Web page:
Begemot’s website says it “helps its clients win elections, strengthen political parties, build the right arguments before domestic and international audiences, and achieve better results.” But it doesn’t disclose any of those clients, or even the countries in which they operate. Patten declined to go into any detail about its work.
Patten’s relationship with Kilimnik goes back nearly two decades, when they worked together at the International Republican Institute, a GOP-aligned foreign policy group. In 2007 and 2008, Patten was an undersecretary of state for Democracy and Global Affairs in the Bush administration. He has also lobbied for political parties in Iraq and Georgia, and currently represents a group called the Committee to Destroy ISIS, a campaign funded in part, records show, by a Jordanian construction company.
“I operate in a small niche,” Patten said of his work.
Patten’s association with Cambridge Analytica began in 2014. His personal website says he worked with the firm “to introduce new technologies and methodologies to U.S. campaigns during the 2014 congressional cycle.” The “beta run” of Cambridge Analytica’s microtargeting efforts, the website says, was “adopted by at least one major U.S. presidential candidate.” At the time the website was written, Patten said, Cambridge Analytica was working on behalf of Sen. Ted Cruz (R-TX), though Patten never worked on behalf of the Cruz campaign. Cambridge Analytica would later work to elect Trump.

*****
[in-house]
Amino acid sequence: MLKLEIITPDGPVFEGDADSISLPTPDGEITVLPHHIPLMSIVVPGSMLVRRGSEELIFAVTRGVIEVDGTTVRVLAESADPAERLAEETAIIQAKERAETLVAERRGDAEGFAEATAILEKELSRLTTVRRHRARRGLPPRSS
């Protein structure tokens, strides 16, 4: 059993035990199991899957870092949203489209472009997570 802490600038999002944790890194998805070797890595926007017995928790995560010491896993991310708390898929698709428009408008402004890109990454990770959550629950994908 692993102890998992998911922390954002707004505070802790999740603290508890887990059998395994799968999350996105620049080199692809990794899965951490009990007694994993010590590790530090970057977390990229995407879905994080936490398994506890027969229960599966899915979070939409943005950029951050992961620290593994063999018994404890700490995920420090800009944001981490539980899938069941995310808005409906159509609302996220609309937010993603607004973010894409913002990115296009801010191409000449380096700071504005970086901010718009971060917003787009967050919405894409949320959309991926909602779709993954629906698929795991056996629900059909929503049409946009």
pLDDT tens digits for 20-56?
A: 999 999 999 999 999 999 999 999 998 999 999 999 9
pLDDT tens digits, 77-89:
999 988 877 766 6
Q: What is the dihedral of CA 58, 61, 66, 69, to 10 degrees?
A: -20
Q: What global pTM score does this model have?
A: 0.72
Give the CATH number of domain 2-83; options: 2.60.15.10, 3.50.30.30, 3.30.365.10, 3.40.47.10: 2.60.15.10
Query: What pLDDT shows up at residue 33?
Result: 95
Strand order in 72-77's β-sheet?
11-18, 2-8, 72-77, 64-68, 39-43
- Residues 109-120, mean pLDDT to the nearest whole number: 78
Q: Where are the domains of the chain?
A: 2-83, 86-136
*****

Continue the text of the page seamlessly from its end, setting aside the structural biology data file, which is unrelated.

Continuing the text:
The data firm is at the center of controversy over the use of social media data in political micro-targeting efforts. A Cambridge Analytica whistleblower claims the company pilfered data from Facebook for use on behalf of its political clients. The company denies any wrongdoing. And Trump campaign officials have tried to downplay the efficacy of the firms work, even though the campaign spent nearly $6 million for its services.
Mueller’s team is examining the role that Cambridge Analytica played in Trump’s election victory, but there is no indication that Patten’s work for the firm is problematic or of any interest to the special counsel’s investigation. Patten himself played down the connection, saying his work for the firm was “wholly unconnected” to Begemot and Kilimnik.
Begemot, Patten said, “is a privately-held, small consulting company that has provided public relations and political strategy advice for clients outside the United States, and [is] not related to the ongoing circus here.”
Patten expressed skepticism about Mueller’s recent allegations about his colleague. “A lot of people in our country wish Mueller well. If this is his ace in the hole, I am profoundly depressed,” he said.
“I have no reason to suspect him of being a Russian agent,” Patten added. “For people to continuously repeat the ‘in contact with/working with Russian intel’ epithet about anyone who lives or works in a country ruled by an ex KGB officer is rather absurd.” Such a description, he said, could include “anyone who rides the Moscow metro.”